Today brings us another story in my Women with Wanderlust series told to me by Erica Virvo. She’s constantly traveling and working remotely. I think you can learn a lot from her story if you too want to successfully work from anywhere in the world.
It was 7pm in Bangkok and I hadn’t moved from the hostels’ kitchen table since before lunch. I was seated, drinking filtered water, with my eyes glued to the screen and my fingers clicking away. This was what remote work was supposed to be like right? Travel to Bangkok and spend all day sweatily working in your hostels’ kitchen as other travelers go to visit floating markets and photograph temples? Wrong! Working remotely is a delicate balance of work and play. You can’t play too hard or your work suffers, and you can’t work too hard, or else you might as well be sitting at home.
That weekend I decided to travel across the border and check myself into a yoga community in Sihanoukville, Cambodia called Vagabond temple. A gate wrapped around the two-story home where 30+ travelers bunked together to take a break from their always-on-the-move adventures across Southeast Asia. There couldn’t have been a more perfect place to work remotely. The schedule of the yoga center worked perfectly with my needs. Each day, I woke up at 6am, practiced yoga from 7-9am, ate breakfast and showered. Then I left to work at the cafe nearby. I worked as hard as I could until my 5pm yoga class, dinner, and nighttime activity.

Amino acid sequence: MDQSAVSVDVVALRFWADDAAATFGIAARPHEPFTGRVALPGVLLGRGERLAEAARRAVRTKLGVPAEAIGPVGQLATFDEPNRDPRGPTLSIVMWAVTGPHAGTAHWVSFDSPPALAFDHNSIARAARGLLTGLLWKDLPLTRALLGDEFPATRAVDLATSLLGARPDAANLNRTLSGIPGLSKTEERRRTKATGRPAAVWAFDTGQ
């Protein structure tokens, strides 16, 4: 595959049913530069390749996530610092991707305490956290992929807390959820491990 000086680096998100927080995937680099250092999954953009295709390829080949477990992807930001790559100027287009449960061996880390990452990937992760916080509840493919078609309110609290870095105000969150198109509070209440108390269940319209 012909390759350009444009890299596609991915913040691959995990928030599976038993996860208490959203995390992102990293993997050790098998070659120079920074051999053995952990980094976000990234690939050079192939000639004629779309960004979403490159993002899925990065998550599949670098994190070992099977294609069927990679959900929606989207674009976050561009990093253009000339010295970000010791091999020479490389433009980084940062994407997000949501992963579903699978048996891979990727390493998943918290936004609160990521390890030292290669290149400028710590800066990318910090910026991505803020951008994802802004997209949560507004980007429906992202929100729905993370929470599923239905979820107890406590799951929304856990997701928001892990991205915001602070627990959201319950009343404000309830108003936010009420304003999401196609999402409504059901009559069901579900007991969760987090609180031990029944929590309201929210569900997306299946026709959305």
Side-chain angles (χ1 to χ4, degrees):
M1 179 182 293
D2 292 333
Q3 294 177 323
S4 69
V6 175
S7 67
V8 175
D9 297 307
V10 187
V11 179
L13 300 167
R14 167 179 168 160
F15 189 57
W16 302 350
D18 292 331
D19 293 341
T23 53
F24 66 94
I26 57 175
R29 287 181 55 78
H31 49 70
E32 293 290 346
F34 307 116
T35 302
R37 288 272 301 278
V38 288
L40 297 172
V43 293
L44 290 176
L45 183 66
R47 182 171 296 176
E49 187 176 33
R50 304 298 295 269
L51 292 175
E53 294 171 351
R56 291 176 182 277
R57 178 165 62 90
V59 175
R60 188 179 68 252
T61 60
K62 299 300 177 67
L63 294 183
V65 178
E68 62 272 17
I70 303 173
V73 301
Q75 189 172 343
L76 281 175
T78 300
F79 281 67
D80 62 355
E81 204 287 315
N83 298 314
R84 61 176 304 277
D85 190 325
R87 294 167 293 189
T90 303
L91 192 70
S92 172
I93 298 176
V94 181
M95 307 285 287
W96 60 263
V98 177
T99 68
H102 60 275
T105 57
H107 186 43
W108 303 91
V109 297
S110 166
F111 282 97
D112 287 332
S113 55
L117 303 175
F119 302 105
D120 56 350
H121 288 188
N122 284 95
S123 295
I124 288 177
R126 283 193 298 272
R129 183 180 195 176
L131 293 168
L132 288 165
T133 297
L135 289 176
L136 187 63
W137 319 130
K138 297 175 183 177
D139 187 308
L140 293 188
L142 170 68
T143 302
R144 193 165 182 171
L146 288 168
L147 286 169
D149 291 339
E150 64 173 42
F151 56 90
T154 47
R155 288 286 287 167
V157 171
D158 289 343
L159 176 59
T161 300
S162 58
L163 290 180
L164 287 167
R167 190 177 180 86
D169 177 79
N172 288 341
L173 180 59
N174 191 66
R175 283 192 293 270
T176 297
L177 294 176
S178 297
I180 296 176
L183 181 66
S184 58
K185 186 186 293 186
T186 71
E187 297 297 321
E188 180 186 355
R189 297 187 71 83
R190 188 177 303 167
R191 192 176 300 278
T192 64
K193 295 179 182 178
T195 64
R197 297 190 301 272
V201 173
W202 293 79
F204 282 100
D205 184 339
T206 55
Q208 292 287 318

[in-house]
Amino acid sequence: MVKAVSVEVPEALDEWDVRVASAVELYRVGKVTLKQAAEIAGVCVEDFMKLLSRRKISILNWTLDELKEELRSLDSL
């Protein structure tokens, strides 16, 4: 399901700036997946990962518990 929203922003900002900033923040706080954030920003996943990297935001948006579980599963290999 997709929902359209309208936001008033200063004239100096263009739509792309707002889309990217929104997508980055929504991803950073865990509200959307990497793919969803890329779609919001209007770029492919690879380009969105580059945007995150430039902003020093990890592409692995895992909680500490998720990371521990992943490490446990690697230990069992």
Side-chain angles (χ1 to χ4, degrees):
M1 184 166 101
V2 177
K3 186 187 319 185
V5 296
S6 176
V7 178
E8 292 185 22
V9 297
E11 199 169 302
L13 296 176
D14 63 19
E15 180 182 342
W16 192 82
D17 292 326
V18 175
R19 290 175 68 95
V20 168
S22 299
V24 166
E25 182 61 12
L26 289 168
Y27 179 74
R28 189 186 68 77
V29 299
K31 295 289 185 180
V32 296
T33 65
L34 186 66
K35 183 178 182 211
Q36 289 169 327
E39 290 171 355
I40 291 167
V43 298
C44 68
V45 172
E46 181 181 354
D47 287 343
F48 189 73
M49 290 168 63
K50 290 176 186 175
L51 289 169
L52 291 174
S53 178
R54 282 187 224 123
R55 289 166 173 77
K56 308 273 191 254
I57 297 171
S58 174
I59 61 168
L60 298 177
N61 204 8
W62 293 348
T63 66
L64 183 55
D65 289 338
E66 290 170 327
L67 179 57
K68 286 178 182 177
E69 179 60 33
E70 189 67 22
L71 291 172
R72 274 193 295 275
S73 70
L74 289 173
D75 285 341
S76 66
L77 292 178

Why does living in a community like this work so well for remote workers? Everything is planned for you. All of your meals are made, your classes are set, the time you have to work on the Internet is limited to a certain chunk of the day, and you have a warm community to surround yourself with when you want to socialize. Plus, if you’re doing yoga — you probably won’t have late nights out or hangovers (like you would have at a hostel)! I was the most productive I’ve ever been on the road while I was staying at Vagabond Temple!
A short excerpt from the communications and working on the road section of Women with Wanderlust. I too work from the road and have found that Wi-Fi is essential to my success along with actual structured time to work AND play.
It can be hard sometimes to find Wi-Fi while traveling abroad. Some countries like Japan and Australia, although advanced, don’t have ubiquitous Wi-Fi like we do in the states. Your best bet is to watch for Wi-Fi signs or find the closest McDonald’s or Starbucks. However, when I was in Taiwan I discovered that to get the Wi-Fi to work at Starbucks you needed to already have Wi-Fi so that you could verify your account with your cell phone. The other option was to have cell service.